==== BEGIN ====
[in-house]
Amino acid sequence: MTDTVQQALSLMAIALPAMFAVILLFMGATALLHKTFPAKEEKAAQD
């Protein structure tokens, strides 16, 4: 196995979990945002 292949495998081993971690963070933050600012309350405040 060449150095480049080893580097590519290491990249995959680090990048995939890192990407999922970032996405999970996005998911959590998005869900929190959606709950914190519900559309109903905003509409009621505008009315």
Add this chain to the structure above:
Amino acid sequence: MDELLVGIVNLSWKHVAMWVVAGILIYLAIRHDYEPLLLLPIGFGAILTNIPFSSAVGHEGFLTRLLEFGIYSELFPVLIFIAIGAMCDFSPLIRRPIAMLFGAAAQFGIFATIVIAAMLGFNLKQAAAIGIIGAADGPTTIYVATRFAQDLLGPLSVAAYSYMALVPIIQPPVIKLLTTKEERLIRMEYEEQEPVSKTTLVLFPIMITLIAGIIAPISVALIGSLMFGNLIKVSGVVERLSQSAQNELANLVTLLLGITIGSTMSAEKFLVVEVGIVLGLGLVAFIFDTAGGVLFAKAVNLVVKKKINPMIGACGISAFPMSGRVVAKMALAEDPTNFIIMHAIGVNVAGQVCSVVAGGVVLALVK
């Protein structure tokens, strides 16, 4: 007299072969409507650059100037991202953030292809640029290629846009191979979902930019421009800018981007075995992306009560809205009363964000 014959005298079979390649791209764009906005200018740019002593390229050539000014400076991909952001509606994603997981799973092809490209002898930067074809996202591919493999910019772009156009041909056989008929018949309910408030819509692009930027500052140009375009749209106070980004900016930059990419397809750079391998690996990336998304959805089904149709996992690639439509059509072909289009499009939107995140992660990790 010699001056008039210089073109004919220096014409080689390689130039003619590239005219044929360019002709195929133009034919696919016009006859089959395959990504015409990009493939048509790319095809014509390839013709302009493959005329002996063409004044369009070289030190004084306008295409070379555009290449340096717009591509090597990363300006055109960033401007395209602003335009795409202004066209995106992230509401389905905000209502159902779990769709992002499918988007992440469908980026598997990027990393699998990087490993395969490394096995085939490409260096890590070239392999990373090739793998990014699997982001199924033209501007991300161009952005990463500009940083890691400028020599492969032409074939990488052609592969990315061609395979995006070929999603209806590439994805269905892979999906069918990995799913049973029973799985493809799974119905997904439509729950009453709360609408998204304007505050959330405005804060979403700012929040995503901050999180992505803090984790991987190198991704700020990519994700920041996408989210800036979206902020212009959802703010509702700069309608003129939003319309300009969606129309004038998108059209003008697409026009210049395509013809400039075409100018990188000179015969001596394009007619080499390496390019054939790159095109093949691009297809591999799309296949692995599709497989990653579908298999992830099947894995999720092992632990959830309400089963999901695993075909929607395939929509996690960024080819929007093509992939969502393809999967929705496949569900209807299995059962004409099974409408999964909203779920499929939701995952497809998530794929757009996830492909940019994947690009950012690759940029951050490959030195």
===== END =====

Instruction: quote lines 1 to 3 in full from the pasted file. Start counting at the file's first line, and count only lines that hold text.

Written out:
[in-house]
Amino acid sequence: MTDTVQQALSLMAIALPAMFAVILLFMGATALLHKTFPAKEEKAAQD
């Protein structure tokens, strides 16, 4: 196995979990945002 292949495998081993971690963070933050600012309350405040 060449150095480049080893580097590519290491990249995959680090990048995939890192990407999922970032996405999970996005998911959590998005869900929190959606709950914190519900559309109903905003509409009621505008009315």